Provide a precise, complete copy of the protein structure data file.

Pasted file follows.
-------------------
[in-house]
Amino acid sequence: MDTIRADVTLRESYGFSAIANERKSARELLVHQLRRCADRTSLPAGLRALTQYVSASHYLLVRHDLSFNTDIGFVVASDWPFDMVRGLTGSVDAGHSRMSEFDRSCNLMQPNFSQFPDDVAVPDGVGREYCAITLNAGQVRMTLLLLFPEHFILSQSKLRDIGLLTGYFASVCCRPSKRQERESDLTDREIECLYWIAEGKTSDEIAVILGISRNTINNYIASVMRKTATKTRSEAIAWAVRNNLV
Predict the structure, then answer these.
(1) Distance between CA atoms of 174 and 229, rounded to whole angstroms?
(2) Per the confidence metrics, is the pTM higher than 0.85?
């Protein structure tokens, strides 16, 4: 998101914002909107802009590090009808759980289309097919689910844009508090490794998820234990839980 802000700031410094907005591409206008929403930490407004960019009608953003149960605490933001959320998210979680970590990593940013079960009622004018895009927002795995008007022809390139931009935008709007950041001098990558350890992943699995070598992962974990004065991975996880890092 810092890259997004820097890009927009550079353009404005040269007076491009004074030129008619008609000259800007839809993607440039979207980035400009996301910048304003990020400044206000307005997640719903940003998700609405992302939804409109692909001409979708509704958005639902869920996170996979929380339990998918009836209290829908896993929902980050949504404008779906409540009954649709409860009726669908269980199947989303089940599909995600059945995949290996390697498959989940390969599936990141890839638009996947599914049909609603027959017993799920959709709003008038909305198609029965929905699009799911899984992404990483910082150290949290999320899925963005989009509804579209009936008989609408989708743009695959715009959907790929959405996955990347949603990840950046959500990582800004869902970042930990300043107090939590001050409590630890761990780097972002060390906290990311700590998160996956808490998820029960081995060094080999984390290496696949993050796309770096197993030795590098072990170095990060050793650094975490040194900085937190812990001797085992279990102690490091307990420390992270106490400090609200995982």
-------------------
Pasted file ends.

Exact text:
[in-house]
Amino acid sequence: MDTIRADVTLRESYGFSAIANERKSARELLVHQLRRCADRTSLPAGLRALTQYVSASHYLLVRHDLSFNTDIGFVVASDWPFDMVRGLTGSVDAGHSRMSEFDRSCNLMQPNFSQFPDDVAVPDGVGREYCAITLNAGQVRMTLLLLFPEHFILSQSKLRDIGLLTGYFASVCCRPSKRQERESDLTDREIECLYWIAEGKTSDEIAVILGISRNTINNYIASVMRKTATKTRSEAIAWAVRNNLV
Predict the structure, then answer these.
(1) Distance between CA atoms of 174 and 229, rounded to whole angstroms?
(2) Per the confidence metrics, is the pTM higher than 0.85?
């Protein structure tokens, strides 16, 4: 998101914002909107802009590090009808759980289309097919689910844009508090490794998820234990839980 802000700031410094907005591409206008929403930490407004960019009608953003149960605490933001959320998210979680970590990593940013079960009622004018895009927002795995008007022809390139931009935008709007950041001098990558350890992943699995070598992962974990004065991975996880890092 810092890259997004820097890009927009550079353009404005040269007076491009004074030129008619008609000259800007839809993607440039979207980035400009996301910048304003990020400044206000307005997640719903940003998700609405992302939804409109692909001409979708509704958005639902869920996170996979929380339990998918009836209290829908896993929902980050949504404008779906409540009954649709409860009726669908269980199947989303089940599909995600059945995949290996390697498959989940390969599936990141890839638009996947599914049909609603027959017993799920959709709003008038909305198609029965929905699009799911899984992404990483910082150290949290999320899925963005989009509804579209009936008989609408989708743009695959715009959907790929959405996955990347949603990840950046959500990582800004869902970042930990300043107090939590001050409590630890761990780097972002060390906290990311700590998160996956808490998820029960081995060094080999984390290496696949993050796309770096197993030795590098072990170095990060050793650094975490040194900085937190812990001797085992279990102690490091307990420390992270106490400090609200995982």